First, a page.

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I can't say I get it. I think the difference is:

  • 'The Germany National team' is team which represents Germany as a country. And it is its formal title.
  • 'the German national team' is team which represents Germany as a country. But in this case it is emphasised that this one is German, i.e. "This is the German national team and that one is the French"

Am I right?

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    Is there a reason you asked this twice with slightly different wording? Dec 13, 2013 at 0:58

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I think the sentence structures are as follows:

  • "the Germany national team" [definite article], [adjectival noun], [adjective],[noun]
  • "the German national team" [definite article], [adjective], [adjective],[noun]

So the first is the national team of the country Germany. The second is the national team which is German. It's just in 99% of cases, they amount to the same entity.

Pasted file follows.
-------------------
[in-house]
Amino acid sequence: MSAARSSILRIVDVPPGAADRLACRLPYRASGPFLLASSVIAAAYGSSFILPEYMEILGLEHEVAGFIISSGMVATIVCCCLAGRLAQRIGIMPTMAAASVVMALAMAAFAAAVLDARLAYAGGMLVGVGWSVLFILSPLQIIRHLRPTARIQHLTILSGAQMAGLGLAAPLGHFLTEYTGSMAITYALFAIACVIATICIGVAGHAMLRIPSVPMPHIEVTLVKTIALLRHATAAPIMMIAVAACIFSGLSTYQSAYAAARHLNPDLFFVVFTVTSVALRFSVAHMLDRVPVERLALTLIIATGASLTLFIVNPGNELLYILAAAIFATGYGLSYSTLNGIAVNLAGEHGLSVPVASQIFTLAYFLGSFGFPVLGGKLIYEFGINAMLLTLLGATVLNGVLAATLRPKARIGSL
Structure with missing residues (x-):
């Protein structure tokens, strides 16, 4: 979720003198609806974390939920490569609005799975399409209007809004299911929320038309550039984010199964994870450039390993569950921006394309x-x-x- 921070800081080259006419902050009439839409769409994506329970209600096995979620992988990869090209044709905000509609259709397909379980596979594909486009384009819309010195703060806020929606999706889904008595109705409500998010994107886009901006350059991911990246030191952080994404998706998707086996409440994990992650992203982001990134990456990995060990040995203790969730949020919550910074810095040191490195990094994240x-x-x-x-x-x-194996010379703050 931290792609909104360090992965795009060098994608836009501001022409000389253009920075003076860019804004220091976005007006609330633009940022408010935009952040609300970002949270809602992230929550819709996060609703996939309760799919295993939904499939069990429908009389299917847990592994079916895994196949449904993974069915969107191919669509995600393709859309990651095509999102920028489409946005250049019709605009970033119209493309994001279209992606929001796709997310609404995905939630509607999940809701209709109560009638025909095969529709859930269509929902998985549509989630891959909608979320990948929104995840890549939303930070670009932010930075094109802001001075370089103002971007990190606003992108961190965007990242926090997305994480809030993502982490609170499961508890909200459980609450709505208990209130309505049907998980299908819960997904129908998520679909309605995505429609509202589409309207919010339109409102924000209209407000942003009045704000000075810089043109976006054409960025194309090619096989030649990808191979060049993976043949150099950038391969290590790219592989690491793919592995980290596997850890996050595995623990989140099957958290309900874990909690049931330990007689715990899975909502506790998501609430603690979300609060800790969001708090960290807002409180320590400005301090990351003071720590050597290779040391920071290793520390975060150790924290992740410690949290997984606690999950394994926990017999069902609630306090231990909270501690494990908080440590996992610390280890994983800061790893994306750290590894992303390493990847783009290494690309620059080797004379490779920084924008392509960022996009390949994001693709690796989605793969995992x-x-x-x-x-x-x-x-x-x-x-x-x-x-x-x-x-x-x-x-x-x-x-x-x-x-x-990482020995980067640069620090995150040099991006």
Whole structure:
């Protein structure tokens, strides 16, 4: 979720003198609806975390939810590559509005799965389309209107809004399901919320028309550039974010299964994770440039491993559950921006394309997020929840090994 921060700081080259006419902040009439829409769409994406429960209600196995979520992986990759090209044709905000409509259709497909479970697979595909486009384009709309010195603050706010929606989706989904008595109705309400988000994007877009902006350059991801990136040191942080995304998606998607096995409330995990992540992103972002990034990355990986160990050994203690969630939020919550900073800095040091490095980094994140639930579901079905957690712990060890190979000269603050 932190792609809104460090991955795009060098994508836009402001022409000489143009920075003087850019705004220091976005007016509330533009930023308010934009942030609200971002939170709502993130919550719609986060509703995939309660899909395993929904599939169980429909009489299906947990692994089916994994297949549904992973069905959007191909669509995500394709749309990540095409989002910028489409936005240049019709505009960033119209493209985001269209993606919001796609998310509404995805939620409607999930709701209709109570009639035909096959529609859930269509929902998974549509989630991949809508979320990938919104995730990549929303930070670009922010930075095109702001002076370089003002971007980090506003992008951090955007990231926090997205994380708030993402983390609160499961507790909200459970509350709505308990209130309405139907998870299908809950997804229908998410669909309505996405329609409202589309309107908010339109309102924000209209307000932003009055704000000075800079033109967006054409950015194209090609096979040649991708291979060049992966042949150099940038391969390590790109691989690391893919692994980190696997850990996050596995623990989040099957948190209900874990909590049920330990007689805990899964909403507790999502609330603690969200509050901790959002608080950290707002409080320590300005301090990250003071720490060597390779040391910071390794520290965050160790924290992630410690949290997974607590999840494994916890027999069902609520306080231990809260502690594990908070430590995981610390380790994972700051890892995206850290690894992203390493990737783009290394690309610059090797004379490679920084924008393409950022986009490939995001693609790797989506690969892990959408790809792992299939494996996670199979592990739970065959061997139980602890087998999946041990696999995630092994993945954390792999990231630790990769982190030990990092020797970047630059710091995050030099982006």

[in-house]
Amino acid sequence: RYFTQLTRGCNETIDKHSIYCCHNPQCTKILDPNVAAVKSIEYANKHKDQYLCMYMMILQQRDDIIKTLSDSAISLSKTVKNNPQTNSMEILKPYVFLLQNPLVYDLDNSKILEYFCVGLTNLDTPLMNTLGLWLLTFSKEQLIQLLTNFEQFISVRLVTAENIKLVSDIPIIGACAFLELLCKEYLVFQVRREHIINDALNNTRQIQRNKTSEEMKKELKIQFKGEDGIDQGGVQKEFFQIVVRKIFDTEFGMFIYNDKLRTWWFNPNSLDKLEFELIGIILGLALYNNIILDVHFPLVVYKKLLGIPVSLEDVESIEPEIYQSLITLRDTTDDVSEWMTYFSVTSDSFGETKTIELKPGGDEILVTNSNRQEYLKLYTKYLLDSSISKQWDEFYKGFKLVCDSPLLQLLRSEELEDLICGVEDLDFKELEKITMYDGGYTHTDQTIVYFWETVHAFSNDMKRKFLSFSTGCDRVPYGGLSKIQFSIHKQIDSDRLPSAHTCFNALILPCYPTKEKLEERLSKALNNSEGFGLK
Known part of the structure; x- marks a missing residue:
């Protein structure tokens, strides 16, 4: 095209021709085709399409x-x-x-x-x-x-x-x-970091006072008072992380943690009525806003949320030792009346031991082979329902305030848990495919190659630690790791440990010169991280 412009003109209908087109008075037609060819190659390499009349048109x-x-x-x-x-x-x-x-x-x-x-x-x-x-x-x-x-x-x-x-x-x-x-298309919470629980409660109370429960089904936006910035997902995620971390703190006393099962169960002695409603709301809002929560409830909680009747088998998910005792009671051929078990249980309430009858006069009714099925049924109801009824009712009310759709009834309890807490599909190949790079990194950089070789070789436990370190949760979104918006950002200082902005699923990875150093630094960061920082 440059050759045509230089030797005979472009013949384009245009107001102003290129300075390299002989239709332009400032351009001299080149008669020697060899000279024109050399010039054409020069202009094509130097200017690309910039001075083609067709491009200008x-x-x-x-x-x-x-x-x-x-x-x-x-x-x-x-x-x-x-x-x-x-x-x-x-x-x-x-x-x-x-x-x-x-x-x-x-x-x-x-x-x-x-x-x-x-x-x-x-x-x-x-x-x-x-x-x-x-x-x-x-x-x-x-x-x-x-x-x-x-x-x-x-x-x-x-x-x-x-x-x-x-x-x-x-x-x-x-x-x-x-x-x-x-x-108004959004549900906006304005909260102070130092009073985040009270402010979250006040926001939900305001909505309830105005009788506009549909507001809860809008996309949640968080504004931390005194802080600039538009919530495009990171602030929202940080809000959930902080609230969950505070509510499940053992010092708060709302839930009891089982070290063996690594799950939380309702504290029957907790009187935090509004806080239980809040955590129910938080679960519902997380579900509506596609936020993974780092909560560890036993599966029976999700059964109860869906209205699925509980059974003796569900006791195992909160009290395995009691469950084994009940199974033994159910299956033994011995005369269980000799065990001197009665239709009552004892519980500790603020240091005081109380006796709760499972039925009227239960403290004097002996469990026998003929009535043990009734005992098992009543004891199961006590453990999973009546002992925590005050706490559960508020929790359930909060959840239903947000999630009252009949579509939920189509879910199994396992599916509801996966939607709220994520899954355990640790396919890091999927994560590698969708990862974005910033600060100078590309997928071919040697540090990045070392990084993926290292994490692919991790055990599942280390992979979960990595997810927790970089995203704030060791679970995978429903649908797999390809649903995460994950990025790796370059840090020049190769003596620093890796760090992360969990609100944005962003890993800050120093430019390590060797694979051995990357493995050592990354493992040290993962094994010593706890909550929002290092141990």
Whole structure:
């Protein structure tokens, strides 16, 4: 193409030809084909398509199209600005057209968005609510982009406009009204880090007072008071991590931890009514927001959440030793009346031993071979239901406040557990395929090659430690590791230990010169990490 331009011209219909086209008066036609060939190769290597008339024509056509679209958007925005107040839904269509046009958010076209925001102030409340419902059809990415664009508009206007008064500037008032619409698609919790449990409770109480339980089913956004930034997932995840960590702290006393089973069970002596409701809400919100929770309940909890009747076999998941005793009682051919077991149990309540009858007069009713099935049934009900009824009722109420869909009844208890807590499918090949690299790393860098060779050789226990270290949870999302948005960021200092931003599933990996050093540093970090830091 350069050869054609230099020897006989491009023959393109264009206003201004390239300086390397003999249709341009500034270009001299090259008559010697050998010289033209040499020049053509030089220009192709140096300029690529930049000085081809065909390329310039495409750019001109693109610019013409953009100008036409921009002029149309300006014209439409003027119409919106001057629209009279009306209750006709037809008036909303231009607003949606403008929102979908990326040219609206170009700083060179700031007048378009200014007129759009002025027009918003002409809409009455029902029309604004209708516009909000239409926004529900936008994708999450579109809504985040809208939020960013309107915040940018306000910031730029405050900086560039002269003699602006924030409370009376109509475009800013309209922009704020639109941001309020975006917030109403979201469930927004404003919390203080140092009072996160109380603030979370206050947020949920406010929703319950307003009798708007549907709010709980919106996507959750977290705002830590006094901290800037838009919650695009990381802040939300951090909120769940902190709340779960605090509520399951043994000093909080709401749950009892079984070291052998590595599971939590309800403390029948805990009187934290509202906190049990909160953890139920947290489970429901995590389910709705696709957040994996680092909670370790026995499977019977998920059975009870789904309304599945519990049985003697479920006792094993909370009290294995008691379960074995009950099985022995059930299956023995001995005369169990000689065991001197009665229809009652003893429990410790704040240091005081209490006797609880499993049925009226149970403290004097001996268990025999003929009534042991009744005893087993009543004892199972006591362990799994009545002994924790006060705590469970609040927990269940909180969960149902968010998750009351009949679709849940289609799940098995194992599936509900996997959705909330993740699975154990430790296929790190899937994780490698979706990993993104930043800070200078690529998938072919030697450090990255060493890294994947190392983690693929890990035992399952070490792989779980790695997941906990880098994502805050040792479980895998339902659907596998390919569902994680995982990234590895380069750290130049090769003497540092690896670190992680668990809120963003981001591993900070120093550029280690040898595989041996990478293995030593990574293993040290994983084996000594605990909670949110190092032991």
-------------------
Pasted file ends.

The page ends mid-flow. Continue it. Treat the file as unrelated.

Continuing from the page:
For a clearer example (where there's less alignment), in football (soccer):

  • there are four teams that you could technically refer to as "the British national team" — i.e. one of the teams of England, Scotland, Wales or Northern Ireland
  • but "the Britain national team" doesn't exist
  • there is only one "England national team"

The above example is a bit of a stretch, as you'd be unlikely to use "British" as per the first bullet, because it would be too confusing, though the England national team is technically British.

Another place you see a similar (and more useful) distinction, also in sports reporting, is with individual players — if Messi plays for Barcelona, he could be described as "the Argentine international", even if he gets dropped from his national team, as he is an international player in Spain. If you call him "the Argentina player" however, it suggests that he's a player currently on the "Argentina national team".

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